This conflict is also an important part of the problem in Syria. This country has a Shiite minority which rules over a Sunni majority. The president comes from the Alawites sect. There is a similar situation in Iraq, but opposite. Saddam Hussein and the Sunni elite ruled over the Shiite majority. After the elections the Shiites naturally took over. The conflict arose after the Prophet Muhammad died. Those who wanted the Prophet’s closest associates to take over his position became Sunni Muslims. Those who wanted Muhammad’s descendants to inherit the power became Shia Muslims. This is how Islam split into two main branches. This has as much to do with power as with religion. This would explain why religion doesn’t appear to matter to these governments. One of the reasons it is so difficult to make peace in this region is that it is easy to arouse the old enmity between the two groups and to disrupt the fragile peace, which has maintained a certain balance. The fact that Saddam Hussein was overthrown has, for example, started sectarian violence and killings against Sunni Muslims across the Middle East.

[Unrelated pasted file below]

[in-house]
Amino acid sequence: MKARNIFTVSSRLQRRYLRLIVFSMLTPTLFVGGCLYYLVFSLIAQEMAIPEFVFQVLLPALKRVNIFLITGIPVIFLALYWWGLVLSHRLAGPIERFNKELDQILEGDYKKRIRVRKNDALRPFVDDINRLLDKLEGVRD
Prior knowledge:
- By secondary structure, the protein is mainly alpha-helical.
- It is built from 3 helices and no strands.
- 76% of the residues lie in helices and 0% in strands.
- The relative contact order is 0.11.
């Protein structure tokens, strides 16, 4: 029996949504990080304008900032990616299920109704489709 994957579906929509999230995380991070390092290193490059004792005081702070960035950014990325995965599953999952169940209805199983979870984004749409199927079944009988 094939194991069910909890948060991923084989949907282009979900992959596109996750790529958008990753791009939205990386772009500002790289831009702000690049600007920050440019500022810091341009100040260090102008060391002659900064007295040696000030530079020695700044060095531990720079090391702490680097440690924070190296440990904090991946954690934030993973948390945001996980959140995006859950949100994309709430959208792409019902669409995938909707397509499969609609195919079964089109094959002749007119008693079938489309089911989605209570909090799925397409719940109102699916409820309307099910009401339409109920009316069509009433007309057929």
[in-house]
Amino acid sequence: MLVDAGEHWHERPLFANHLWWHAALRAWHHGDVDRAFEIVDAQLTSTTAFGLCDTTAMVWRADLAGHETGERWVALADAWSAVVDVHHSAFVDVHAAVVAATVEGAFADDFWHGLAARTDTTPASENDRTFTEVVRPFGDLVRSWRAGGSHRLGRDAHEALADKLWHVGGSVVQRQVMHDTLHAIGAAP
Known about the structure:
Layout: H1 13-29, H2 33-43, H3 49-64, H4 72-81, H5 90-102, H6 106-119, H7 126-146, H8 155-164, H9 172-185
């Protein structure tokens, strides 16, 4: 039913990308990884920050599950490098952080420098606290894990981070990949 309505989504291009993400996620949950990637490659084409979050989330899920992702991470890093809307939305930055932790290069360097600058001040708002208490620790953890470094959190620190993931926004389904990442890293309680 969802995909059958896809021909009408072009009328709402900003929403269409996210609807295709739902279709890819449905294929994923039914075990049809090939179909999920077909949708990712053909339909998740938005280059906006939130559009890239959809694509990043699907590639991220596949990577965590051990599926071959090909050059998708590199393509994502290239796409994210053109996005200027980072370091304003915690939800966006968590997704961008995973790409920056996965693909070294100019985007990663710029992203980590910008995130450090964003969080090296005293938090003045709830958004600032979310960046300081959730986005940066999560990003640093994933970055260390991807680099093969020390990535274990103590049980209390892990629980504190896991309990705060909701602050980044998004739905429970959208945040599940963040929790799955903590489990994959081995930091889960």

We see the same in Syria. The uprising may have started as a real political rebellion, but it is now a sectarian struggle between the poor Sunnis (many of whom are Al Qaeda supporters) and the Shiite elite. Terrorist groups exploit this division which is obviously devastating for peaceful Muslims, and for the rest of us whom they see as the infidels. The Norwegian government is totally spineless when it allows NATO to bully us into supporting someone else’s agenda.
I have also written about the economy. There’s been a lot of speculation about what state it is in. Some commentators think the danger of a gobal recession is high this or next year, and some even talk about a life after the collapse of the US dollar. The news before Christmas sounded very dramatic, and I got the impression that the stability in Russia was threteaned. That was the one thing that made President Putin strong. He gave his country a financial stability they hadn’t had before, and that’s why the Russians supported him. Suddenly that story disappeared from the news.